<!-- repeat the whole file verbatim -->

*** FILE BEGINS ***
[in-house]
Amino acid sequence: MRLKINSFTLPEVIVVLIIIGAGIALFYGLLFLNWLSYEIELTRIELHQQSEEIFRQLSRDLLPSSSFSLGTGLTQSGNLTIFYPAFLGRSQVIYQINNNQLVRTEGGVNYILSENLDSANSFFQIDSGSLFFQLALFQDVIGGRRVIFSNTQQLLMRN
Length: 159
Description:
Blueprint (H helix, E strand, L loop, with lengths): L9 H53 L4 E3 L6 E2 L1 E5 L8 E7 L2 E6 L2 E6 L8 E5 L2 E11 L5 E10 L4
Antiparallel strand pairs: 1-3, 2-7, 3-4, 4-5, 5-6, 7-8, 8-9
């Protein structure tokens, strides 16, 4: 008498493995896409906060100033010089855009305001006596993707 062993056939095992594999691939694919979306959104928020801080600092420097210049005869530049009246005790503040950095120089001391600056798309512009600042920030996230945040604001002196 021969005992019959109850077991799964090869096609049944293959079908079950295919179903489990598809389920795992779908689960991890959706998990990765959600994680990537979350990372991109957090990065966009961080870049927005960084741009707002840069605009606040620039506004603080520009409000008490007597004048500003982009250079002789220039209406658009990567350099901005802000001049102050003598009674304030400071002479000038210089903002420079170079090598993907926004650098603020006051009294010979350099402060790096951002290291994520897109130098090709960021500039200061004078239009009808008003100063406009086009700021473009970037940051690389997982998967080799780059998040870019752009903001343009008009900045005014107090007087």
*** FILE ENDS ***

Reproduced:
[in-house]
Amino acid sequence: MRLKINSFTLPEVIVVLIIIGAGIALFYGLLFLNWLSYEIELTRIELHQQSEEIFRQLSRDLLPSSSFSLGTGLTQSGNLTIFYPAFLGRSQVIYQINNNQLVRTEGGVNYILSENLDSANSFFQIDSGSLFFQLALFQDVIGGRRVIFSNTQQLLMRN
Length: 159
Description:
Blueprint (H helix, E strand, L loop, with lengths): L9 H53 L4 E3 L6 E2 L1 E5 L8 E7 L2 E6 L2 E6 L8 E5 L2 E11 L5 E10 L4
Antiparallel strand pairs: 1-3, 2-7, 3-4, 4-5, 5-6, 7-8, 8-9
């Protein structure tokens, strides 16, 4: 008498493995896409906060100033010089855009305001006596993707 062993056939095992594999691939694919979306959104928020801080600092420097210049005869530049009246005790503040950095120089001391600056798309512009600042920030996230945040604001002196 021969005992019959109850077991799964090869096609049944293959079908079950295919179903489990598809389920795992779908689960991890959706998990990765959600994680990537979350990372991109957090990065966009961080870049927005960084741009707002840069605009606040620039506004603080520009409000008490007597004048500003982009250079002789220039209406658009990567350099901005802000001049102050003598009674304030400071002479000038210089903002420079170079090598993907926004650098603020006051009294010979350099402060790096951002290291994520897109130098090709960021500039200061004078239009009808008003100063406009086009700021473009970037940051690389997982998967080799780059998040870019752009903001343009008009900045005014107090007087």